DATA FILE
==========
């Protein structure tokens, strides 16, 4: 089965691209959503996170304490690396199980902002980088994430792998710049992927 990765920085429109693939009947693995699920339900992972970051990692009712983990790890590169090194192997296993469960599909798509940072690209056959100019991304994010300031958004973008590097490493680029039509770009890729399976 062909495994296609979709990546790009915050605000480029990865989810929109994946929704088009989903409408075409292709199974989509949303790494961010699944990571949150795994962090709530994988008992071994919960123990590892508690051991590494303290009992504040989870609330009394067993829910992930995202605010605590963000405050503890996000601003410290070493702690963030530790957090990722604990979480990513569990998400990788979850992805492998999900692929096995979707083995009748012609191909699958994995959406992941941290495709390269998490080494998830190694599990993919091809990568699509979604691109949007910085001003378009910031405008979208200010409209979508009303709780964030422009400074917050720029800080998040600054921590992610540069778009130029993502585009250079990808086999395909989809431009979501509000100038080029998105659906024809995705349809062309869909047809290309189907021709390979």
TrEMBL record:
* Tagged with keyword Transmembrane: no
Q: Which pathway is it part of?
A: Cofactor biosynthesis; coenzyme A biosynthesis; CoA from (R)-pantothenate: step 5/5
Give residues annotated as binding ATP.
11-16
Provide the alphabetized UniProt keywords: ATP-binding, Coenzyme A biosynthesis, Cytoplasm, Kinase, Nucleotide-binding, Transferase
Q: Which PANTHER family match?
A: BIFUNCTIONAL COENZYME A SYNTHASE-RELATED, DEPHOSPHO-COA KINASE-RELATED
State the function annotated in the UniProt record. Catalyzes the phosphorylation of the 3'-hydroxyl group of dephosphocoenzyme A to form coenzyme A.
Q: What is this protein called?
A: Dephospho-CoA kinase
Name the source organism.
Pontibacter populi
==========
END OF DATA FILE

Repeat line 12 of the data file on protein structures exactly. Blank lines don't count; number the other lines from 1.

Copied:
Q: What is this protein called?